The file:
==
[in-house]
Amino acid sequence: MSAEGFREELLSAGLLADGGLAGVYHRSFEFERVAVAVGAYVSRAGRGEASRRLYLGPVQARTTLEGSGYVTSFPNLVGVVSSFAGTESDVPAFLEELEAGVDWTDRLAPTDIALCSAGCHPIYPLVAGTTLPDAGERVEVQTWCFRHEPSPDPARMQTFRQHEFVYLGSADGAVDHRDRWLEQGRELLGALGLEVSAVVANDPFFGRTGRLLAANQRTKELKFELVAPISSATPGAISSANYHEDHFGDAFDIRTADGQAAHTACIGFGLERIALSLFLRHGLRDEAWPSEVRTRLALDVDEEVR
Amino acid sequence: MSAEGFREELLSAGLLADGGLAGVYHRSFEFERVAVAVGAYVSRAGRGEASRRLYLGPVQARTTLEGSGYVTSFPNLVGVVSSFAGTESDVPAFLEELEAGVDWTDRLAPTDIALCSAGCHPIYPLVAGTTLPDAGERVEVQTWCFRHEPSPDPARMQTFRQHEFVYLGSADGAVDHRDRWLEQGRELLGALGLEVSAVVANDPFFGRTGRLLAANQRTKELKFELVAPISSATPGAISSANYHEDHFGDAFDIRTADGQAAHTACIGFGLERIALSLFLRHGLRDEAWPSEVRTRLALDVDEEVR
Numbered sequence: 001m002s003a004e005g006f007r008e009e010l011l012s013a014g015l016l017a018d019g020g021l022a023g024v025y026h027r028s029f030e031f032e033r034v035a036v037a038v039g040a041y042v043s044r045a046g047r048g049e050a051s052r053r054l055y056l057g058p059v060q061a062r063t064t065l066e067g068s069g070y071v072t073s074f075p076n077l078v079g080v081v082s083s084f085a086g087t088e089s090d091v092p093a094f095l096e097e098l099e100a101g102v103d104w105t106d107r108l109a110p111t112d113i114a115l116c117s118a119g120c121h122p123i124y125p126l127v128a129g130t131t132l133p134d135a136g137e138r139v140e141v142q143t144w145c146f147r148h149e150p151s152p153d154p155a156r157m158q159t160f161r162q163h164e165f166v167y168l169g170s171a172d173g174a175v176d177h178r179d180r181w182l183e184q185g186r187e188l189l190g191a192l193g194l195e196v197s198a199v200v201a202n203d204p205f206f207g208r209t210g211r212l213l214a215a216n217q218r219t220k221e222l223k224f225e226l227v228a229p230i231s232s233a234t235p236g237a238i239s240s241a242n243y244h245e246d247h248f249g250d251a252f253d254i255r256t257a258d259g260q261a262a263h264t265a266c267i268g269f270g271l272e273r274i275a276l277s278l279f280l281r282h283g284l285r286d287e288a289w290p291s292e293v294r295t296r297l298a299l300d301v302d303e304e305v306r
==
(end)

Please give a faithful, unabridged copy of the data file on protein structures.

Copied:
[in-house]
Amino acid sequence: MSAEGFREELLSAGLLADGGLAGVYHRSFEFERVAVAVGAYVSRAGRGEASRRLYLGPVQARTTLEGSGYVTSFPNLVGVVSSFAGTESDVPAFLEELEAGVDWTDRLAPTDIALCSAGCHPIYPLVAGTTLPDAGERVEVQTWCFRHEPSPDPARMQTFRQHEFVYLGSADGAVDHRDRWLEQGRELLGALGLEVSAVVANDPFFGRTGRLLAANQRTKELKFELVAPISSATPGAISSANYHEDHFGDAFDIRTADGQAAHTACIGFGLERIALSLFLRHGLRDEAWPSEVRTRLALDVDEEVR
Amino acid sequence: MSAEGFREELLSAGLLADGGLAGVYHRSFEFERVAVAVGAYVSRAGRGEASRRLYLGPVQARTTLEGSGYVTSFPNLVGVVSSFAGTESDVPAFLEELEAGVDWTDRLAPTDIALCSAGCHPIYPLVAGTTLPDAGERVEVQTWCFRHEPSPDPARMQTFRQHEFVYLGSADGAVDHRDRWLEQGRELLGALGLEVSAVVANDPFFGRTGRLLAANQRTKELKFELVAPISSATPGAISSANYHEDHFGDAFDIRTADGQAAHTACIGFGLERIALSLFLRHGLRDEAWPSEVRTRLALDVDEEVR
Numbered sequence: 001m002s003a004e005g006f007r008e009e010l011l012s013a014g015l016l017a018d019g020g021l022a023g024v025y026h027r028s029f030e031f032e033r034v035a036v037a038v039g040a041y042v043s044r045a046g047r048g049e050a051s052r053r054l055y056l057g058p059v060q061a062r063t064t065l066e067g068s069g070y071v072t073s074f075p076n077l078v079g080v081v082s083s084f085a086g087t088e089s090d091v092p093a094f095l096e097e098l099e100a101g102v103d104w105t106d107r108l109a110p111t112d113i114a115l116c117s118a119g120c121h122p123i124y125p126l127v128a129g130t131t132l133p134d135a136g137e138r139v140e141v142q143t144w145c146f147r148h149e150p151s152p153d154p155a156r157m158q159t160f161r162q163h164e165f166v167y168l169g170s171a172d173g174a175v176d177h178r179d180r181w182l183e184q185g186r187e188l189l190g191a192l193g194l195e196v197s198a199v200v201a202n203d204p205f206f207g208r209t210g211r212l213l214a215a216n217q218r219t220k221e222l223k224f225e226l227v228a229p230i231s232s233a234t235p236g237a238i239s240s241a242n243y244h245e246d247h248f249g250d251a252f253d254i255r256t257a258d259g260q261a262a263h264t265a266c267i268g269f270g271l272e273r274i275a276l277s278l279f280l281r282h283g284l285r286d287e288a289w290p291s292e293v294r295t296r297l298a299l300d301v302d303e304e305v306r